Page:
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This expert-witness thing June 18, 2009

Posted by fetzthechemist in Uncategorized.
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 OK, I have been going through an extended period of working on several litigations as an expert witness. Although I might not feel comfortable in claiming I am a paragon of virtue, I can say that as a scientist that I do believe in professional ethics. These include giving credit to collaborators when it is due, forming opinions on scientific aspects of an issue on the science first and foremost and then assessing business needs and other issues that are outside of the science, being consistent and not having flexible views based on circumstances, not making assumptions that fit the end goal.

My observation of the various experts I have seen, both on plaintiff’s and defendant’s side, on the side I represent and on the opposing side, that this world view is scarce. Expert witness are not supposed to be advocates, i.e. under the law, they are not supposed to only view positive results and ignor negatives. They may weigh both with different values based on arguments that they must give the court as to why they vary in importance.

Experts are only supposed to testify on areas that they can proof to the acceptance of the court (that is, the presiding judge). I do not try to testify on a lot of areas because my background is not all encompassing. I have learned that I need to establish expertise explicitly in any area I might have to have an opinion on, as I can be limited by not having proven expert status in some area, in spite of examples being in my CV or background. It has to be proven. Cagey lawyers on the other side use that exclusion to limit rebuttal. Unwary lawyers end up allowing unqualified experts to give opinions into testimony that are not based on expert-level expertise.

But the biggest observation is that through the driving forces of the large amounts of money in this business, each expert can easily charge thousands of dollars per day which includes all time travelling, all expenses, and even an up-front retainer fee of a minmum of one day;s fee or a lump sum.

To get these jobs, people seem to sell themselves even much more liberally than in the regular job market. There, everyone has experience in everything and much of it at the “expert” level. In the legal world, everyone is a recognized expert. My ego blushes generally at these claims, but my CV is obscenely long and wide-ranging. I have the chops, as they say. Others blatantly claim to when they do not. Simply having a PhD really means little. Even experience may not. Running lots of routine analyses makes you expert in that analysis as far as running it, but not necessarily in how it works and why, let alone the broader field that analysis may fall in (HPLC or IR, for examples). In the expert-witness world, that is not the case. People claim to know it all in order to get the dollars. Judges only need to be convinced and judges are not scientists who can easily tell the differences.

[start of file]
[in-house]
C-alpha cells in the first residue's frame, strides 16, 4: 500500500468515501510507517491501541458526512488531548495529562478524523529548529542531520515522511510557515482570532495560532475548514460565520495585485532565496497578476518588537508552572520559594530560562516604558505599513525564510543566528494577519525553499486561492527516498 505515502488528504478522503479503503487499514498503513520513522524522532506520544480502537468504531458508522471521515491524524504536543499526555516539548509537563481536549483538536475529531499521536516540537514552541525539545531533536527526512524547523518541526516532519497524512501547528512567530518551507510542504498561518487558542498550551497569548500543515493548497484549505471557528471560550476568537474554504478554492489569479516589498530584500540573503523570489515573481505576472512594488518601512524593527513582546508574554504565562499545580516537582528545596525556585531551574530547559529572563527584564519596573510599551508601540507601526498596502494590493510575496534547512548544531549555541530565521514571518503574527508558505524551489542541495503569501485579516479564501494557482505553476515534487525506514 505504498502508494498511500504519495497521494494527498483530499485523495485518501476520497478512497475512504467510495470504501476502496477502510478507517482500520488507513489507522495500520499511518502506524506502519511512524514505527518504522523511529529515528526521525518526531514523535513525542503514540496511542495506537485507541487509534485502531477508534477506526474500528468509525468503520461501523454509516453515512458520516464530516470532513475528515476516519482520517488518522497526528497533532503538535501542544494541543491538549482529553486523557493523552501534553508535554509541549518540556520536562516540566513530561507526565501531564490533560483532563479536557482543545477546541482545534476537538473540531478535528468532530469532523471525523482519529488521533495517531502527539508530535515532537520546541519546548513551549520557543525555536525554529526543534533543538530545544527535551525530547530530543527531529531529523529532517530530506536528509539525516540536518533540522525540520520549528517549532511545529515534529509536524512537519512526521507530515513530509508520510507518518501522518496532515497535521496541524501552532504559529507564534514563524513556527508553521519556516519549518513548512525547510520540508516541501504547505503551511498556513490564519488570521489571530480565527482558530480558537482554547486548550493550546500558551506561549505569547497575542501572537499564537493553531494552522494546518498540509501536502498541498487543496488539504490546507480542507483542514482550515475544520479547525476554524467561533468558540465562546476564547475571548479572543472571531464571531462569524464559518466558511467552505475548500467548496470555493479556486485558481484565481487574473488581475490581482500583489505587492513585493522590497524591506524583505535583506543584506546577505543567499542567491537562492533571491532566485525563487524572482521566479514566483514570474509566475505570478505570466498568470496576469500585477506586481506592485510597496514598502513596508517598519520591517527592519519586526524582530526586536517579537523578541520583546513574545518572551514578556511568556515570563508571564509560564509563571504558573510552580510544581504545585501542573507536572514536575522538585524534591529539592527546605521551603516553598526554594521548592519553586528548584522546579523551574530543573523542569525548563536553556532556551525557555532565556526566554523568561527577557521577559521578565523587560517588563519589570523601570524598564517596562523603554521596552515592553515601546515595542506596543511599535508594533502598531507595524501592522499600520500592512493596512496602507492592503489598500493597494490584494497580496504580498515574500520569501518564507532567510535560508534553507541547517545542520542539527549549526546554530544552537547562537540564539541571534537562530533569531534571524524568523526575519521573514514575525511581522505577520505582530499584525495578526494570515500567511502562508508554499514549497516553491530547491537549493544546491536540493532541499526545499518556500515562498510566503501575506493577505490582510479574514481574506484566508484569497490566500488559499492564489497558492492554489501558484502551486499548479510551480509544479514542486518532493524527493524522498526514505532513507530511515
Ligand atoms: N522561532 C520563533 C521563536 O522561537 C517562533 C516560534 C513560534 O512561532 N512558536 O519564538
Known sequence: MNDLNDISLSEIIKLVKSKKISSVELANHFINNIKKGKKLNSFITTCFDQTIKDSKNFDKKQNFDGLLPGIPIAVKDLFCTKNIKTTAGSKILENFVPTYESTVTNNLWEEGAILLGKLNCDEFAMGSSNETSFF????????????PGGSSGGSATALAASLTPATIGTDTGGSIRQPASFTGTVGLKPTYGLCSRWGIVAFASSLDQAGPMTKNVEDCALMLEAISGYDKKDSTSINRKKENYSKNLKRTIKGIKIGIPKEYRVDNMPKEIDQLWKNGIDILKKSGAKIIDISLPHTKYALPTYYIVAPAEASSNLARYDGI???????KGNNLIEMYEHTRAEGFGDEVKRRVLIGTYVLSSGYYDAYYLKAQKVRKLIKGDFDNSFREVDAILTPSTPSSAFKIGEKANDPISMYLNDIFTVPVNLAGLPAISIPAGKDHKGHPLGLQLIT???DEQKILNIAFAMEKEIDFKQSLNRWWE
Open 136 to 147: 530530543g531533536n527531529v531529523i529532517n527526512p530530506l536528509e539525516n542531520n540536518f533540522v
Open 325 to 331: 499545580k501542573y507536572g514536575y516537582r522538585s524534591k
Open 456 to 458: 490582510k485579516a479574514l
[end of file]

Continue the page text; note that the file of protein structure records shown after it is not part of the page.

So, I am increasingly feeling like an idealist in a non-ideal world.

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Comments»

1. organikchemist - June 19, 2009

I get the inpression that you have run across a lot of folks who say “I have a PhD, I am an expert!”. This is just silly. I have a PhD in organic synthesis. Am I am expert in all things synthetic? Nope. Am I an expert in what I did for my postdoc for three years? I think so. But that area is a narrow band in the field. Anything outside that and my knowledge drops off quickly.

2. fetzthechemist - June 19, 2009

I could not agree with you more as far as using it as a scientist. In the area of job searching, nobody seems to have that view. Someone just out of grad school or a postdoc is an expert in a dozen wide-ranging areas. A similar tone is the one in the legal area. There the scientists and attorneys who hire them gear questions in testimony to establish expert status from pretty flimsy credentials from the perspective of a scientist who can tell.


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